Creative Commons, U.S. Department of Education, and Open Society Foundations present

Why Open Education Matters

Create a short video that explains the benefits and promise of Open Educational Resources for teachers, students and schools everywhere.

What themes should my video contain?

There's a lot of different ways that you can approach the charge of "Create a short video that explains the benefits and promise of Open Educational Resources for teachers, students and schools everywhere."

We want you to be as creative as you can in writing, recording, and editing your video submissions. Your video should be sure to communicate to a wide audience a clear, concise, and exciting vision for open education. Keep it simple, but think big.

Regarding potential content or themes you might tackle, listed below are a few of the possible directions you might take. Please use these questions as a guide to direct your brainstorms instead of an exhaustive list from which you can't deviate. For more examples, see the FAQ.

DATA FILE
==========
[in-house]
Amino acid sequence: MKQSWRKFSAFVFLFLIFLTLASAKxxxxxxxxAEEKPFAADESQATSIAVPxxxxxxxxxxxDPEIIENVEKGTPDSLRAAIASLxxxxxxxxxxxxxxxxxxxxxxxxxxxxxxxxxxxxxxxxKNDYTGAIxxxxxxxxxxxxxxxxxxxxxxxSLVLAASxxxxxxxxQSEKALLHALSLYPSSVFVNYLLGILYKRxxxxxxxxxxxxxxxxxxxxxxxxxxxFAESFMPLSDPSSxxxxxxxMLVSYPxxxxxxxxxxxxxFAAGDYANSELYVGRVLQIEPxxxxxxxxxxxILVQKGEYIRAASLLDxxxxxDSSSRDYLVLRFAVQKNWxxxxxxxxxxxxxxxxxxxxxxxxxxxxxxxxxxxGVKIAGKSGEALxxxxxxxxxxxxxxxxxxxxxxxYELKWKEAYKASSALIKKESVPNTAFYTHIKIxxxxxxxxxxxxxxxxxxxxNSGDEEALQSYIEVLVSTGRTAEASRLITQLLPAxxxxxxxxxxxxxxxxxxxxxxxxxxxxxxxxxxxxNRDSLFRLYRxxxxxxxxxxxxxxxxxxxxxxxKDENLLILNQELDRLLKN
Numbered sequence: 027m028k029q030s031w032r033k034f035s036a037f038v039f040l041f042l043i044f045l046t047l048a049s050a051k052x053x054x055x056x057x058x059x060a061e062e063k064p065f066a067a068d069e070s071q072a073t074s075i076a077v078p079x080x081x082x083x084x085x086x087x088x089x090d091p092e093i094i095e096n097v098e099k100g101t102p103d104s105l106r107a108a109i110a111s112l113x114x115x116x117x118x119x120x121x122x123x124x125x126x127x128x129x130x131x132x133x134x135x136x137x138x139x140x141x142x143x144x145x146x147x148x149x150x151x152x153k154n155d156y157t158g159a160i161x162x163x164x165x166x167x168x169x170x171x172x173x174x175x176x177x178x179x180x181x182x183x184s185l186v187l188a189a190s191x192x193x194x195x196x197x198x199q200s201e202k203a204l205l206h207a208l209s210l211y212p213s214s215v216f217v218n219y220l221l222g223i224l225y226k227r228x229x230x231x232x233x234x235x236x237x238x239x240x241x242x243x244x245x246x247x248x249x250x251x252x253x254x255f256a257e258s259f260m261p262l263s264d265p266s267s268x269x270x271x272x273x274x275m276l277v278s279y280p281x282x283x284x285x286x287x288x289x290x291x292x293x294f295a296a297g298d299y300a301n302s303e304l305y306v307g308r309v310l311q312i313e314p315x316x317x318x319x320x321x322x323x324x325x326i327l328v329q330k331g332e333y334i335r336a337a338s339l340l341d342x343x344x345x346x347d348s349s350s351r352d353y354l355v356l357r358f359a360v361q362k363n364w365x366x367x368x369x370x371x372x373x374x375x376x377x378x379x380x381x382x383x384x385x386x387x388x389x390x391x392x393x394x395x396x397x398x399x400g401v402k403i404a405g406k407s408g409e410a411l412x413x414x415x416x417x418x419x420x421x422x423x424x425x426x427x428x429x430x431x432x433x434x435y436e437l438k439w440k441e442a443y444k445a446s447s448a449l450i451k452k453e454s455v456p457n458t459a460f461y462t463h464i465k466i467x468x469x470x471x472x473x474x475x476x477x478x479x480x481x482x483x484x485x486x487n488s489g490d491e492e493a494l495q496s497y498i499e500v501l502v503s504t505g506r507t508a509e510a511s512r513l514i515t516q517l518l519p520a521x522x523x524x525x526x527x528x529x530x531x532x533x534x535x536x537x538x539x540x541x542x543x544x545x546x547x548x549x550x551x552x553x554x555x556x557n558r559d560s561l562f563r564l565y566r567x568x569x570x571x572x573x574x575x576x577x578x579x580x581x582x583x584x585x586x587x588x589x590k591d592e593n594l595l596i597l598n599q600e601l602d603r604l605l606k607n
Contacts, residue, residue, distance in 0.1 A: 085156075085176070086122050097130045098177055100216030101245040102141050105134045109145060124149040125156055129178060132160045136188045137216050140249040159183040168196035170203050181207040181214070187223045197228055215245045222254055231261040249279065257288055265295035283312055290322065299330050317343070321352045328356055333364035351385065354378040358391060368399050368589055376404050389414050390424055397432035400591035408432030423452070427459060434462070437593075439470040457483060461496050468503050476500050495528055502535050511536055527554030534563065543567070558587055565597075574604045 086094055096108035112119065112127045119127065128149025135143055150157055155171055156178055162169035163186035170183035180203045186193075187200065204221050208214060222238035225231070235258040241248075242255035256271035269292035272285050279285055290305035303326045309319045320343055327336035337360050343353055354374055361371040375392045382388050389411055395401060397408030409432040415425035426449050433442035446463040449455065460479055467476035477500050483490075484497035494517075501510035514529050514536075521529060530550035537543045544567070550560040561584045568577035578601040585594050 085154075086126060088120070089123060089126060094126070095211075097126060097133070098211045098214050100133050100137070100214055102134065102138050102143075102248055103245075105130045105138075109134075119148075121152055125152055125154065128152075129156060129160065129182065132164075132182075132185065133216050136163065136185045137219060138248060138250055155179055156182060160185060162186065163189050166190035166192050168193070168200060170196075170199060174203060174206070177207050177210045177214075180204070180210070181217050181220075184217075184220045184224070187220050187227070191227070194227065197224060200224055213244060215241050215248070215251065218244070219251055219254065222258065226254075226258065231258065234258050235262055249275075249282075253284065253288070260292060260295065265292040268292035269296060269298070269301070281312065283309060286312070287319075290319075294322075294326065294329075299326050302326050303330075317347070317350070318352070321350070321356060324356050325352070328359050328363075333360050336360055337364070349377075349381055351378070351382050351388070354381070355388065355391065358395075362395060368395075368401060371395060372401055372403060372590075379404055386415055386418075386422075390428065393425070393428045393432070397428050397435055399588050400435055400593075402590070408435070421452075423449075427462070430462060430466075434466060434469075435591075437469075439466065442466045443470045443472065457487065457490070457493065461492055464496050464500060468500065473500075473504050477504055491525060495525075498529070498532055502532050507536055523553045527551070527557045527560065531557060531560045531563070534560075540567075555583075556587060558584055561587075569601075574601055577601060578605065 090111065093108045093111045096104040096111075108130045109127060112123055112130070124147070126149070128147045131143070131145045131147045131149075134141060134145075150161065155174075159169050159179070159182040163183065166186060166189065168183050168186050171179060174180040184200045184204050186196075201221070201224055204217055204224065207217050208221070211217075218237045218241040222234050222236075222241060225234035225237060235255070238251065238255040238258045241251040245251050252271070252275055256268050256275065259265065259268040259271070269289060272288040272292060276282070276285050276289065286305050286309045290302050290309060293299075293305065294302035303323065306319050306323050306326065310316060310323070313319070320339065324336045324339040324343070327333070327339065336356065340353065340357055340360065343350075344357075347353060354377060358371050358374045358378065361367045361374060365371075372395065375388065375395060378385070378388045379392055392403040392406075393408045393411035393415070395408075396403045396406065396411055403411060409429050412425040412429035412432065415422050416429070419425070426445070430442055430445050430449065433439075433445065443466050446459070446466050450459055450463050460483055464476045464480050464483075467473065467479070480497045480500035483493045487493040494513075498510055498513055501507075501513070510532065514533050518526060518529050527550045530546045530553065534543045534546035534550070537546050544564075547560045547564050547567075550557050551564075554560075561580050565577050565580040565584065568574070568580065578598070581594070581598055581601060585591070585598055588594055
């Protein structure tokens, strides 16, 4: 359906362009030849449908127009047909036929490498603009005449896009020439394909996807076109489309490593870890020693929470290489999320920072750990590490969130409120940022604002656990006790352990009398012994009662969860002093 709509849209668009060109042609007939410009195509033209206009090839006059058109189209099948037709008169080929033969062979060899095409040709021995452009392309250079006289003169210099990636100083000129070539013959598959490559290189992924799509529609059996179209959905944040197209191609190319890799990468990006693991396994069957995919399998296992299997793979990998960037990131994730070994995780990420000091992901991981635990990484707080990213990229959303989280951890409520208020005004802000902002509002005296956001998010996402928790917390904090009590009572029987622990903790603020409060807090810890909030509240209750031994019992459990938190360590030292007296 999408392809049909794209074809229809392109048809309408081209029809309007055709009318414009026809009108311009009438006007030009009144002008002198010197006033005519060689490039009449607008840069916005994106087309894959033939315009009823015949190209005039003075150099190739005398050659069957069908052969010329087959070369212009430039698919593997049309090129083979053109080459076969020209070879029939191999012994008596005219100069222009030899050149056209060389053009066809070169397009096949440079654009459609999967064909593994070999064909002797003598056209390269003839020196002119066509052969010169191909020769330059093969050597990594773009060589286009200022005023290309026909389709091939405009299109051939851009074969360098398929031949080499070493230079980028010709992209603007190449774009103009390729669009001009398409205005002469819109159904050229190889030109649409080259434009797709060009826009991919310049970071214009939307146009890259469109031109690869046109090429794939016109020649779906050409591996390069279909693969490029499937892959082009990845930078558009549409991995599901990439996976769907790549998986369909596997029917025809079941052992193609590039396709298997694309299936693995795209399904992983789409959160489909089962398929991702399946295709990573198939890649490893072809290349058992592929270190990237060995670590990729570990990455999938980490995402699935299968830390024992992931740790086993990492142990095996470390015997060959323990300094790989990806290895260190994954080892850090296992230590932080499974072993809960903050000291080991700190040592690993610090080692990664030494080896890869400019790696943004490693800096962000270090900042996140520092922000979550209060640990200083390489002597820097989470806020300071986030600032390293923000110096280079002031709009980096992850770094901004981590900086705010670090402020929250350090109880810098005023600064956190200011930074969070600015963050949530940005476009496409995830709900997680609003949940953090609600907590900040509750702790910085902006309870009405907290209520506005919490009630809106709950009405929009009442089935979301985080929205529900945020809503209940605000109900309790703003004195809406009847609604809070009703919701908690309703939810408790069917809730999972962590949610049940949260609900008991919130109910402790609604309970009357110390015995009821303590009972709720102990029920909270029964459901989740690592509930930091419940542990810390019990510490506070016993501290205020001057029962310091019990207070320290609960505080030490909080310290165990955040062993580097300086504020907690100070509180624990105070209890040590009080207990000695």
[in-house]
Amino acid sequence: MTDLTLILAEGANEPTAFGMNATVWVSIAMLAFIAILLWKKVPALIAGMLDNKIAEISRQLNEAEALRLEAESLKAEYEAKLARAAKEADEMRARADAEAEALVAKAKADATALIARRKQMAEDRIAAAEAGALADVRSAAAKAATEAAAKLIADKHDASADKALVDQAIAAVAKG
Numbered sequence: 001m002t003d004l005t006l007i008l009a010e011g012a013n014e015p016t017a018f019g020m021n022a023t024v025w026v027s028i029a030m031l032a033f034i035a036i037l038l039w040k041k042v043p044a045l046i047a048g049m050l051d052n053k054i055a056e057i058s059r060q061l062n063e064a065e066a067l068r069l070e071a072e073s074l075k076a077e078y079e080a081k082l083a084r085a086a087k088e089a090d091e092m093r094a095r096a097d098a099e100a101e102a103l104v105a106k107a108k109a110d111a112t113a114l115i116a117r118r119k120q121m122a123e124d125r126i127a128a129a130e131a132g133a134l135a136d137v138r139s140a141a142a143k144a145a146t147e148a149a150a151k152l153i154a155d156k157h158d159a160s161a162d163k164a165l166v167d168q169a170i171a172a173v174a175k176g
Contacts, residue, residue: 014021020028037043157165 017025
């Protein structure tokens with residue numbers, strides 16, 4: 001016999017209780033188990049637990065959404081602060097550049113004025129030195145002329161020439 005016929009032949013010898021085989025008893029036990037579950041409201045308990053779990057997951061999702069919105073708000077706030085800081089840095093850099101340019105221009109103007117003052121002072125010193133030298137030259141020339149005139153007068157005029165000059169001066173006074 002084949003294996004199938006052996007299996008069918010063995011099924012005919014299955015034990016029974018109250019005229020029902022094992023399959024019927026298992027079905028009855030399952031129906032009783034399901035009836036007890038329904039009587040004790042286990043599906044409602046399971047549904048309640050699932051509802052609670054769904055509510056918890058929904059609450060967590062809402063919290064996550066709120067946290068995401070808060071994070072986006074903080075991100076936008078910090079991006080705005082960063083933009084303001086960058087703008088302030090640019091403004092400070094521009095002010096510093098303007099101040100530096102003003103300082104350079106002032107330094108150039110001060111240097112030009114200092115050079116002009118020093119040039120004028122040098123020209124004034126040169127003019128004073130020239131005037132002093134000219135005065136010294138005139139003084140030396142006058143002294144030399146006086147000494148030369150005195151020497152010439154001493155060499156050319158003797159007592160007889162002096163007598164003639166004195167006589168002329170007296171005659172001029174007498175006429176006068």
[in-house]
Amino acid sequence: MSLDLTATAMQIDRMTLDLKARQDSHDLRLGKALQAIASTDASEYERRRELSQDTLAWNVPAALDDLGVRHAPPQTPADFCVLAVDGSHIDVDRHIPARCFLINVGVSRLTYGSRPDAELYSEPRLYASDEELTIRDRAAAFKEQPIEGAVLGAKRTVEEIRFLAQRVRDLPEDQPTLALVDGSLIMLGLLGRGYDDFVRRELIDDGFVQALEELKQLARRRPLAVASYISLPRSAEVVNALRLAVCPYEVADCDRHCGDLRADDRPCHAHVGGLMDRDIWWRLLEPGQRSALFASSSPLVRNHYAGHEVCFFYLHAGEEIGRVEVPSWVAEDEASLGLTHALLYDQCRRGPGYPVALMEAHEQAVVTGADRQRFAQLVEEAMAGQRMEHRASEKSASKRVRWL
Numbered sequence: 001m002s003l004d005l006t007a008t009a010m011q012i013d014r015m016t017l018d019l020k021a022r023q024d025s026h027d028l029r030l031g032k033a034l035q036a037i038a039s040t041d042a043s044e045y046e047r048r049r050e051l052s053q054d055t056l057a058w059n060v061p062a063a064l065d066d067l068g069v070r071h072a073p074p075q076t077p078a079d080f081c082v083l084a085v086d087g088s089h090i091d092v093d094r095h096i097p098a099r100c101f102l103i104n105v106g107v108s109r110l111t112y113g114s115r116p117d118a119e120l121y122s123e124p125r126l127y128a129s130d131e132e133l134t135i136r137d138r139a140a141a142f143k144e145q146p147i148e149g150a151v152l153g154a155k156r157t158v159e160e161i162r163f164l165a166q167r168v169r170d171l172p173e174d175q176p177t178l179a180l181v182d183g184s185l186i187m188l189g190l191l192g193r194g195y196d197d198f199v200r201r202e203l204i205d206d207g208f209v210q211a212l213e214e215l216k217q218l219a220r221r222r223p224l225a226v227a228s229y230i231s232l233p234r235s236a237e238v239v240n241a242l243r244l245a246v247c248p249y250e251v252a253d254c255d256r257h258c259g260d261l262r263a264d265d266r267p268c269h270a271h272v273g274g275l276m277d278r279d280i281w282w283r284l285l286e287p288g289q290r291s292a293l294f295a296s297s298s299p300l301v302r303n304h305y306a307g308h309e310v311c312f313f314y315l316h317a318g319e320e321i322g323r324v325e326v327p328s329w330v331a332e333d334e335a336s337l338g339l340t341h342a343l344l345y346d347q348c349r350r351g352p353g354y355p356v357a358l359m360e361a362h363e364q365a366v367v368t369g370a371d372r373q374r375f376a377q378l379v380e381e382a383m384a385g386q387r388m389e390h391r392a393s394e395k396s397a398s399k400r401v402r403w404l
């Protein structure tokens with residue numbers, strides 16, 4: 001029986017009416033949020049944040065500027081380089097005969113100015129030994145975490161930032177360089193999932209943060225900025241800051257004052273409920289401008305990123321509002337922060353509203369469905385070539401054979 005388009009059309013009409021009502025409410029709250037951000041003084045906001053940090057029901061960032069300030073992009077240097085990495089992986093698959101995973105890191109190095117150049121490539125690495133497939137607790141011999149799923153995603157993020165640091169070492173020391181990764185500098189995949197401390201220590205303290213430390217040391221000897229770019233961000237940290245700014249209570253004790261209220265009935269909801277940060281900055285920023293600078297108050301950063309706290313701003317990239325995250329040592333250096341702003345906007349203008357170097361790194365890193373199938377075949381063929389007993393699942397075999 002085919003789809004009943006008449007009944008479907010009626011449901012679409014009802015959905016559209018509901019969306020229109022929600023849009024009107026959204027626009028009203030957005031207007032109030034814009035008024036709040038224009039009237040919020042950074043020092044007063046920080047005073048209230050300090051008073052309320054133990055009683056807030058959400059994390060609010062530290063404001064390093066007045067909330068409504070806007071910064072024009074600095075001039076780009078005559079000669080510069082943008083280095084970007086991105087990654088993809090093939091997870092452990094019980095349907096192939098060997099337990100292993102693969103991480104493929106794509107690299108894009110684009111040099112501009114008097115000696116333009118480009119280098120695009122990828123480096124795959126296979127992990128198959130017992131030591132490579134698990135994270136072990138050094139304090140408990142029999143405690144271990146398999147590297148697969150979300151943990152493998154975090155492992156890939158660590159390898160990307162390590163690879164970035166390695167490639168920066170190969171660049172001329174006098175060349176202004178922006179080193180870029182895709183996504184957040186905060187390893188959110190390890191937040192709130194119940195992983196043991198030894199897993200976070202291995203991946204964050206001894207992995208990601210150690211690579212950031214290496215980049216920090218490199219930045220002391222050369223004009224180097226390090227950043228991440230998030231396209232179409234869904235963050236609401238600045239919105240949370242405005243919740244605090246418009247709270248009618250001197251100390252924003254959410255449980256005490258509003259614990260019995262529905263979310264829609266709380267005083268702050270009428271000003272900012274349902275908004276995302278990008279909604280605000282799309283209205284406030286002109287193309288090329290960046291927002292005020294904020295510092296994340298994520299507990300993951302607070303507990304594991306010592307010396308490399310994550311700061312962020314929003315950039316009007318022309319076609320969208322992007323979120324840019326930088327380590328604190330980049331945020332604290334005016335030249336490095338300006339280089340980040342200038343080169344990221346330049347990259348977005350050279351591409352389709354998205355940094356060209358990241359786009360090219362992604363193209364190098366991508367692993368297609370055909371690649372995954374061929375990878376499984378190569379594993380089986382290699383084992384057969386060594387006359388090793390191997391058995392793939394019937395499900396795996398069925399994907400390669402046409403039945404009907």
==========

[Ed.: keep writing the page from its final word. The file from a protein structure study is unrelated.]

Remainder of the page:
* How are teachers using Open Educational Resources right now as a way to provide individualized instruction for students?

* Looking ahead 10 years, what might schools and traditional classroom learning look like if Open Educational Resources are adopted throughout our public education system?

* Why is it important that teachers and students be able to legally collaborate, customize, and remix learning materials in a 21st century learning environment?

* How can Open Educational Resources help states, districts and schools save money with continually declining budgets?

* What is the future of textbooks that use modular, modifiable Open Educational Resources?

* How can high-quality openly licensed educational content go hand-in-hand with content standards such as the Common Core State Standards in order to deliver high quality educational content to our students now and in the future?

* In addition to using openly licensed content, what sorts of open collaborative practices should schools explore to realize the full potential of Open Educational Resources?

* Are there any ways students who use Open Educational Resources can be recognized for what they have learned or use that learning to earn more formal degrees, certificates and industry-recognized credentials?